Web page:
Thursday, 30 May 2013

Dog #86324

I recall a drunken conversation, years ago, in a student bar at Bristol University. It's a conversation I'll be dragged into frequently in the future, but this is the first time. A trainee biochemist has discovered that I'm learning to be a vet, and is now informing me at length how much money I'm going to earn.

'Licence to print money,' he slurs, looking at my shoulder, 'it's a licence to print fucking money!'

Not quite understanding why he's getting angry, I try to say that I'm not so sure, that I don't think vets earn any more than teachers, but he brushes this aside with a wave of his hand.

'You, mate,' he says, finally focusing on me, and pointing a finger at my face, 'are going to make a killing.' He pauses for a moment, then concedes generously, 'A small killing.'

* * * * *

Usually, when I'm calling in my next consultation, I say the animal's name; I think it sounds friendlier. Dog #86324 doesn't have a name, just a number, so this time I just call out 'dog warden?' and see if anyone reacts.

At the end of the waiting room, a young woman sitting with a small, thin Staffordshire bull terrier looks up. The terrier sees me and starts wagging its tail. The woman smiles sadly, and stands up. My heart sinks, because this dog doesn't look at all aggressive to me.

I turn back to my consulting room as the woman walks towards me, and I wonder how long this is going to take. There's been a bank holiday this week, which means I have a busy day ahead. Consultations are, of course, fully booked, with a number of extras squeezed in. Downstairs, a dog that I saw this morning may or may not be bleeding into its abdomen from a ruptured spleen; tests are pending. A very busy day.

Dog #86324 runs into my room, pulling on her lead, closely followed by the young woman, who closes the door behind her. I glance at the computer. Our consultations are colour coded: yellow for normal, blue for extra 'fit in', red for emergency. Dog #86324's consultation is dark grey. As I turn from my computer, the little dog jumps up at my legs, wagging her tail. I reach down to pat her, and she takes my whole hand into her mouth and sucks it, thoughtfully. I remove my hand and turn to the young woman, who is still trying to smile.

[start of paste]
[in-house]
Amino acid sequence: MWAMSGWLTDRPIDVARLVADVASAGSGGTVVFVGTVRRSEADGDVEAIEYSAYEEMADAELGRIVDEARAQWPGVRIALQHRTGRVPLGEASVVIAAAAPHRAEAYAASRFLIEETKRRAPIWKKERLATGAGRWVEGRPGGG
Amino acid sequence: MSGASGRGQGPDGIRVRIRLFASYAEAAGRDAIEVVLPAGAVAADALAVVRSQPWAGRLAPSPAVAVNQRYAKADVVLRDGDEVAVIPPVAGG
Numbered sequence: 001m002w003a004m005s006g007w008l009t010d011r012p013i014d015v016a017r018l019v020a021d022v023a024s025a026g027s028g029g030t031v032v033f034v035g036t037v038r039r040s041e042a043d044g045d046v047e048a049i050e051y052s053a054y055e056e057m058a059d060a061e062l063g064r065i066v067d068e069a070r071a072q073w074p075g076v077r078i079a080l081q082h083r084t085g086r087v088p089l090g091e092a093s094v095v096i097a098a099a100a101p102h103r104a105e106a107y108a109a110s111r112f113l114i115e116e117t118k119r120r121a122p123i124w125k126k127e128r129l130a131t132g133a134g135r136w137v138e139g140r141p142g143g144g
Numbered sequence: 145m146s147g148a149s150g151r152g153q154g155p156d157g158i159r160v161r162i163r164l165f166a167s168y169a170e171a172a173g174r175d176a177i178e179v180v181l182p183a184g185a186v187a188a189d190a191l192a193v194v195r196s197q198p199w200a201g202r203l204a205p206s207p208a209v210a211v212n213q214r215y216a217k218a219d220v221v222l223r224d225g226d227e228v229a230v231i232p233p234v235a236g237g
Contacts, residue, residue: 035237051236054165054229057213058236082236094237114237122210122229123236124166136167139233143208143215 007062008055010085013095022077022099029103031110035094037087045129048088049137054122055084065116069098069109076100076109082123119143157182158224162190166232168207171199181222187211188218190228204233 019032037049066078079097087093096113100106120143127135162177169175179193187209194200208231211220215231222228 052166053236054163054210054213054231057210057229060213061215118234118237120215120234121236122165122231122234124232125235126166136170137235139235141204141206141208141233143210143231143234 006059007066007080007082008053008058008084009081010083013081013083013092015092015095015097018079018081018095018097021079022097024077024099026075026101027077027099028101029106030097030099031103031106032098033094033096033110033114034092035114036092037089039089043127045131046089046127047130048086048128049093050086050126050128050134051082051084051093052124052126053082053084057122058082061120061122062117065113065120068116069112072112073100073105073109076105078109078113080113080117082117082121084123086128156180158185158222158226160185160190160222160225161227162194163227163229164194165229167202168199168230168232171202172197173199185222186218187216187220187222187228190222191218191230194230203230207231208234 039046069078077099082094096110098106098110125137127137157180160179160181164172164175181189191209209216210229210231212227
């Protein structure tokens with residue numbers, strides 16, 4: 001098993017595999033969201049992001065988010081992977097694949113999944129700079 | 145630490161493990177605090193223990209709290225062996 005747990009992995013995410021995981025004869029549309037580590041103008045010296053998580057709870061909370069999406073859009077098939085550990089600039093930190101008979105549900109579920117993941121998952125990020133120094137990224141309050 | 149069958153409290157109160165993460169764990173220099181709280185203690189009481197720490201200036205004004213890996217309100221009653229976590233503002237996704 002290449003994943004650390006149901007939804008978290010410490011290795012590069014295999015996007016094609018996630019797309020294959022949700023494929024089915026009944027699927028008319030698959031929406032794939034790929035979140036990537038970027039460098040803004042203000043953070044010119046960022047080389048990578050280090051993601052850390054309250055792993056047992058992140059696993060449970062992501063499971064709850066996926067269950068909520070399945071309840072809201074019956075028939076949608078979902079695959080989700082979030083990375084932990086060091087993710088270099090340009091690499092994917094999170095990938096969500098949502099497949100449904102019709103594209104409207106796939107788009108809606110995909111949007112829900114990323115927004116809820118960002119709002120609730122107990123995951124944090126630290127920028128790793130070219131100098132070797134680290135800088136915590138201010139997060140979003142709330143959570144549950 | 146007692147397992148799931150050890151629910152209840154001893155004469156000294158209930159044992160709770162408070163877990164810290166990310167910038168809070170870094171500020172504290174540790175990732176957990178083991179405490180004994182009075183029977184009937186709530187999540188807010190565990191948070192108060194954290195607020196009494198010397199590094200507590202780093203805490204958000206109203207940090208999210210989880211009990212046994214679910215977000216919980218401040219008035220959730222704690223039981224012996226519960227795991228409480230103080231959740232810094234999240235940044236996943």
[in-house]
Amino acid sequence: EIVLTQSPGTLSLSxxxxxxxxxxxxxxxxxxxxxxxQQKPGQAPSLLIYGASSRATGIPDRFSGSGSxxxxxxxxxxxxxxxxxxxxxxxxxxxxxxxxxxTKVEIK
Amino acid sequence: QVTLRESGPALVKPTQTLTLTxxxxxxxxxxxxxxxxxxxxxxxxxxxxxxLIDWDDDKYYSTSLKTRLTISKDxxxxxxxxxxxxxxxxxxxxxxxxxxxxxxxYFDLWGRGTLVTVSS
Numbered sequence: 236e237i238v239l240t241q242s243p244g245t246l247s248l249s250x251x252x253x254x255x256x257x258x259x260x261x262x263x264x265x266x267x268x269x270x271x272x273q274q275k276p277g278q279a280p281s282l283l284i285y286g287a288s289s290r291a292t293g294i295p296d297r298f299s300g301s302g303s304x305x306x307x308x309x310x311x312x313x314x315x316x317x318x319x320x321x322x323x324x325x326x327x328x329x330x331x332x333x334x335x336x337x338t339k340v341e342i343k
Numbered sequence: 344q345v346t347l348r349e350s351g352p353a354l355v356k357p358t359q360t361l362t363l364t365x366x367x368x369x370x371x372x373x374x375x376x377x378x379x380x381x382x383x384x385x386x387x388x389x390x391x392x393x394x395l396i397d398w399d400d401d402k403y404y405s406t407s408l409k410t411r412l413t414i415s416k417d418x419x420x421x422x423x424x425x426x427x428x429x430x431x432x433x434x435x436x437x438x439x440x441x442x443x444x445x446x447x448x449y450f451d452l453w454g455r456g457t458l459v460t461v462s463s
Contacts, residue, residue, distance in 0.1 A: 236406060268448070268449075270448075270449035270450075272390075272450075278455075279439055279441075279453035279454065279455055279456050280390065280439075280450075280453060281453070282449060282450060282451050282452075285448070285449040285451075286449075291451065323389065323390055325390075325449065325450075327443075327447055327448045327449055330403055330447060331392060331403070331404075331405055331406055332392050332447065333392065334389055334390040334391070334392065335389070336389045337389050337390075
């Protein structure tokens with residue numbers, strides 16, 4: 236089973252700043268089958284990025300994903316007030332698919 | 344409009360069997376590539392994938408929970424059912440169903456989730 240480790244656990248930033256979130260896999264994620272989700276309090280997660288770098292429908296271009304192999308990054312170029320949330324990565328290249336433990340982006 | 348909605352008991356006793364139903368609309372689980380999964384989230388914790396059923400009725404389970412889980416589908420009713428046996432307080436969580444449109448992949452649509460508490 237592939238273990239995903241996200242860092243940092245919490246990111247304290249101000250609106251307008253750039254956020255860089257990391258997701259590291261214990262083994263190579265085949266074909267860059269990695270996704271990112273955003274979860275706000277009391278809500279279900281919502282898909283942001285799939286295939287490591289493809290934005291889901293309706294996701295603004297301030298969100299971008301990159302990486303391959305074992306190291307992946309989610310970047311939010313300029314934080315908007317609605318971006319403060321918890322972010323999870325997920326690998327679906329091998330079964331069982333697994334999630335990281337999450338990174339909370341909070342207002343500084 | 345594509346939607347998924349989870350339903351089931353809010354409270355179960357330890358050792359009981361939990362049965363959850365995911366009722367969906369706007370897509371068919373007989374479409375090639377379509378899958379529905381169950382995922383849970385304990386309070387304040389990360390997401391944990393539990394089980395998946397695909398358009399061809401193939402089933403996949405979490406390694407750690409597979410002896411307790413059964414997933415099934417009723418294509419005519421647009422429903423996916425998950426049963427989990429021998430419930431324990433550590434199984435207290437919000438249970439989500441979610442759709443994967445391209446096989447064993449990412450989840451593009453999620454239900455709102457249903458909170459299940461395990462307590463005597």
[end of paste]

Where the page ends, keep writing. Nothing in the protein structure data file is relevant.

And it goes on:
'Okay, what's the story with this little one?' I ask.

The young woman who works for the dog warden explains that Dog #86324 is a stray, brought in a few weeks ago. No owner has come forward. The dog warden in Plymouth normally has a no destruction policy, but Dog #86324 has apparently been tested twice with other dogs, and has been deemed 'very aggressive'.

'I didn't see the tests myself,' the young woman says, as the terrier runs back and forth between the two of us, 'but I'm told they were pretty bad.'

I look down at the dog and hope that this is true. Because of these tests, Dog #86324 has been deemed unrehomable. Local animal charities can't take her in; they're already full with unwanted dogs that aren't aggressive. National Staffy rescue charities are completely full, and they have been for years now.

The young woman places a form on the table. At the top is written Dog #86324's identification number, and her estimated age (no more than 18 months). Halfway down, there are a few notes on her behaviour. 'Care with other dogs!' one note says. 'Very mouthy.' I think of Dog #86324 sucking on my hand, and the fact that she walked obliviously past two other dogs in the waiting room on the way to see me. The young woman and I both agree its a terrible shame. I turn back to my computer, and print off a euthanasia consent form.